Urticaria, pruritus, rash, fever and chills, reactions resembling serum sickness, eosinophilia, joint pain or inflammation, edema, erythema, genital and anal pruritus, angioedema, shock, hypotension, vasodilation, Stevens-Johnson syndrome, erythema multiforme, toxic epidermal necrolysis, and exfoliative dermatitis have been reported. Anaphylaxis, including a few fatalities, has occurred rarely. Hypersensitivity reactions occur most frequently in patients with a history of allergy, particularly to penicillins.
Positive direct and indirect antiglobulin (Coombs') test results have been reported. Non-immunologic positive Coombs' test results are most likely to occur in patients who have received large doses of Cefalexin or who have impaired renal function or hypoalbuminemia.
Other adverse hematologic effects of Cefalexin include rare, mild and transient neutropenia, thrombocytopenia, leukocytosis, granulocytosis, monocytosis, lymphocytopenia, basophilia, and reversible leukopenia.
Renal and Genitourinary Effects:
Transient increases in BUN and serum creatinine concentrations, renal dysfunction, and toxic nephropathy.
Genitourinary effects reported with Cefalexin therapy include vaginitis, vaginal moniliasis, genital pruritus, and menstrual irregularities.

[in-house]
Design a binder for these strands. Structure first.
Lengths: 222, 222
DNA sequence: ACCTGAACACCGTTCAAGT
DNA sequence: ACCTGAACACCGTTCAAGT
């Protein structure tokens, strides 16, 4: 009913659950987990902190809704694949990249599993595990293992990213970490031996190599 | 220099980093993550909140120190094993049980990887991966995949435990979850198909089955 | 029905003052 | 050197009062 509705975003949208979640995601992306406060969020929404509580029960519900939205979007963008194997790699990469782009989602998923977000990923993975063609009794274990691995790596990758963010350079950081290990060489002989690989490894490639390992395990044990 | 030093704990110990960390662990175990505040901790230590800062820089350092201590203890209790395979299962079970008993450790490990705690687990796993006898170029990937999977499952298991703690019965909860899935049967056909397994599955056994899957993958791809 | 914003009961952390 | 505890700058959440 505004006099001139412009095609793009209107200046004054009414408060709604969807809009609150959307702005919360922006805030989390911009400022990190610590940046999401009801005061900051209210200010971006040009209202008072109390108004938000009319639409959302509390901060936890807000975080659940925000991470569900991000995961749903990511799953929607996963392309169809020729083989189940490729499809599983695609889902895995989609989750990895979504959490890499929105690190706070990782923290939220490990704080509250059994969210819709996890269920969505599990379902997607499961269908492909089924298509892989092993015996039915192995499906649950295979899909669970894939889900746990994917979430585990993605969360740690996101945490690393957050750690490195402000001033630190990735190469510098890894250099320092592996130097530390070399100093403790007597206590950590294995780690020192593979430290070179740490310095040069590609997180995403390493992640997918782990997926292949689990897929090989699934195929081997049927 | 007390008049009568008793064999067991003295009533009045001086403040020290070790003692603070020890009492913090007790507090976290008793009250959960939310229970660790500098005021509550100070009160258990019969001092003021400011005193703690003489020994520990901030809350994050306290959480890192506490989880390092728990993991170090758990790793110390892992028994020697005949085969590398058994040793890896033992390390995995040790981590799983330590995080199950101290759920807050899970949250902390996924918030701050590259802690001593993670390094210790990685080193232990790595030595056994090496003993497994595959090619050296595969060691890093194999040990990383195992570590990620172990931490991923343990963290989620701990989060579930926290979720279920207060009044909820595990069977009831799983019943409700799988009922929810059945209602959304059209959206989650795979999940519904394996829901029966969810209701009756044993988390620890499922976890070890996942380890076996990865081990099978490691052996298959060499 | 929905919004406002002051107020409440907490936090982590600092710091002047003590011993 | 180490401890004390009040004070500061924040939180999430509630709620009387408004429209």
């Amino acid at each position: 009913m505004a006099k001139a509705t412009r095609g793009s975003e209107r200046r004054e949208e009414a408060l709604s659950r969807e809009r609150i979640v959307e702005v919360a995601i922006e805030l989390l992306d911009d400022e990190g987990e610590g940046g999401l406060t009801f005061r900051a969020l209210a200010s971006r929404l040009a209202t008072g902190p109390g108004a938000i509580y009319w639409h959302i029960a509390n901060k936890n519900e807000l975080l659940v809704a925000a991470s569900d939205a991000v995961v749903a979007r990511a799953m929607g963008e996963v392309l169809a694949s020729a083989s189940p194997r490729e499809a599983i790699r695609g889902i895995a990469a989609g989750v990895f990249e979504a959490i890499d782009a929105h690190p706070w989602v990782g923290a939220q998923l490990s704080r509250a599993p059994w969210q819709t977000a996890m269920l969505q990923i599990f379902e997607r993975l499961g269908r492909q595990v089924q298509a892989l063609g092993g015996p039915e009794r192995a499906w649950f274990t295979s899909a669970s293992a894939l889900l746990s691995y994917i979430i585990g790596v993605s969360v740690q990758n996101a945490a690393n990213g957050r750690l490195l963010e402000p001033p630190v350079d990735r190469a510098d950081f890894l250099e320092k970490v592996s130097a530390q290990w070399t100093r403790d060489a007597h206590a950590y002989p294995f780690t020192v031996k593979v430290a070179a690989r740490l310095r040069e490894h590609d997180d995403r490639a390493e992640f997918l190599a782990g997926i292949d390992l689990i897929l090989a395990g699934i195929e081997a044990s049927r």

Transient increases in serum alanine aminotransferase (ALT), aspartate aminotransferase (AST), γ-glutamyl transferases (γ-glutamyl transpeptidase, GGT, GGTP), and alkaline phosphatase concentrations, increased serum concentrations of bilirubin and/or LDH, decreased serum albumin and/or total protein, hepatic dysfunction including cholestasis, have been reported with Cefalexin therapy.
Nausea, vomiting, diarrhea, abdominal pain, tenesmus, epigastric pain/dyspepsia, decreased appetite/anorexia, glossitis, flatulence, candidiasis, taste alteration, decreased salivation, and heartburn.
Rarely, antibiotic-associated pseudomembranous colitis, caused by toxin-producing Clostridia resistant to Cefalexin, has occurred during or following discontinuance of Cefalexin. Appropriate measures should be undertaken (i.e., sigmoidoscopy, appropriate bacteriologic studies, and treatment with fluid, electrolyte and protein supplementation) as needed. Antiperistaltic agents may prolong and/or worsen the condition and should be avoided if pseudomembranous colitis is suspected. If colitis is moderate to severe or is not relieved by discontinuance of the cephalosporin, appropriate anti-infective therapy should be administered. Isolation of the patient may be advisable. Other causes of colitis should be considered.
Other Adverse Effects:
Other adverse effects reported with Cefalexin therapy include chest pain, pleural effusion, dyspnea or respiratory distress, cough, and rhinitis. Increased or decreased serum glucose concentration has also been reported.